The court goes on critically to comment on the applicant’s non compliance with immigration requirements and the right of states to require migrants seeking residence on their territory to make the appropriate request from abroad. Further, states “are thus under no obligation to allow foreign nationals to await the outcome of immigration proceedings on their territory.”
Echoing Lord Bingham’s judgment in the House of Lords case of EB Kosovo (original Free Movement write up from 2008: Good news from on high), the court goes on to comment on the situation here where a person had established a long period of residence by overstaying (para 103):
Where a Contracting State tolerates the presence of an alien in its territory thereby allowing him or her to await a decision on an application for a residence permit, an appeal against such a decision or a fresh application for a residence permit, such a Contracting State enables the alien to take part in the host country’s society, to form relationships and to create a family there. However, this does not automatically entail that the authorities of the Contracting State concerned are, as a result, under an obligation pursuant to Article 8 of the Convention to allow him or her to settle in their country. In a similar vein, confronting the authorities of the host country with family life as a fait accompli does not entail that those authorities are, as a result, under an obligation pursuant to Article 8 of the Convention to allow the applicant to settle in the country. The Court has previously held that, in general, persons in that situation have no entitlement to expect that a right of residence will be conferred upon them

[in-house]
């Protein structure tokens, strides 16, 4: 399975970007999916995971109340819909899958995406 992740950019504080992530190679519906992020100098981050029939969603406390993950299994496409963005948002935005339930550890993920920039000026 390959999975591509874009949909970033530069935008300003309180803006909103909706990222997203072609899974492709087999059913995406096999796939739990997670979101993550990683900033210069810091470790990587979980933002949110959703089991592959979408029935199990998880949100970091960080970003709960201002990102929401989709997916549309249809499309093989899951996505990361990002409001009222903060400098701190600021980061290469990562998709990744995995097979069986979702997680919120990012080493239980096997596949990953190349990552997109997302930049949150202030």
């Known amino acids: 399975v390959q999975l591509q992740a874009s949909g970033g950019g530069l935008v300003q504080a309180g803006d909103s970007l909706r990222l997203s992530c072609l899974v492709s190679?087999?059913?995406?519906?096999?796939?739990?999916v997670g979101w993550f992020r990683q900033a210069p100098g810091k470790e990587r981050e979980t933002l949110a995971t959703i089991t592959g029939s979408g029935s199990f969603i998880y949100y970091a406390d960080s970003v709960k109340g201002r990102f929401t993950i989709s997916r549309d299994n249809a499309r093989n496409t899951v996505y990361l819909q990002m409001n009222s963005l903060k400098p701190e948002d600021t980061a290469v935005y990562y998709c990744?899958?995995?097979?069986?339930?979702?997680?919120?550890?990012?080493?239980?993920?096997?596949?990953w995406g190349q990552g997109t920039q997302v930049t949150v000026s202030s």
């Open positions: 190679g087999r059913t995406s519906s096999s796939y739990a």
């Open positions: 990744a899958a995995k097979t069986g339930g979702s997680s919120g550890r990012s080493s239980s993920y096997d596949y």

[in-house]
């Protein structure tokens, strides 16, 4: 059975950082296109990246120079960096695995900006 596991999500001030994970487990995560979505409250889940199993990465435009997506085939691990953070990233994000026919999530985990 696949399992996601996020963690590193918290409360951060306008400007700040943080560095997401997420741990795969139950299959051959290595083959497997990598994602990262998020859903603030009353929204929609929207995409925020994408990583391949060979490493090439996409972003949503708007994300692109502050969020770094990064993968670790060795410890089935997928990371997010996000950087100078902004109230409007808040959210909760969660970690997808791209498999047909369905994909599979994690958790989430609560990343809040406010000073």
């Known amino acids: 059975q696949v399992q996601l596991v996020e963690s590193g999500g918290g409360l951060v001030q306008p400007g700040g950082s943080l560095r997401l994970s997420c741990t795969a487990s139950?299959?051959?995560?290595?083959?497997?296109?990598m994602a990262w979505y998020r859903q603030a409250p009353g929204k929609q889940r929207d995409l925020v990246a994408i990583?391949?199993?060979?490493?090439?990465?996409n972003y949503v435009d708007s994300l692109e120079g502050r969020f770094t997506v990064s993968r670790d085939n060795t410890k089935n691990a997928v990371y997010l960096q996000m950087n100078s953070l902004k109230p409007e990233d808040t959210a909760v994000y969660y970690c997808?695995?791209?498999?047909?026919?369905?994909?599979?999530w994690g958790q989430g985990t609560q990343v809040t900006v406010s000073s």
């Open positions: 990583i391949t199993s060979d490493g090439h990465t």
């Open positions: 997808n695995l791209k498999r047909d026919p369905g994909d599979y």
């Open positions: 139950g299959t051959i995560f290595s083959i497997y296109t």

The court then distinguishes the situation in this case where a person was seeking to settle from other cases in which a settled migrant was being expelled and finds that different principles might apply (para 105):
As the factual and legal situation of a settled migrant and that of an alien seeking admission to a host country – albeit in the applicant’s case after numerous applications for a residence permit and many years of actual residence – are not the same, the criteria developed in the Court’s case-law for assessing whether a withdrawal of a residence permit of a settled migrant is compatible with Article 8 cannot be transposed automatically to the situation of the applicant. Rather, the question to be examined in the present case is whether, having regard to the circumstances as a whole, the Netherlands authorities were under a duty pursuant to Article 8 to grant her a residence permit, thus enabling her to exercise family life on their territory. The instant case thus concerns not only family life but also immigration. For this reason, the case at hand is to be seen as one involving an allegation of failure on the part of the respondent State to comply with a positive obligation under Article 8 of the Convention.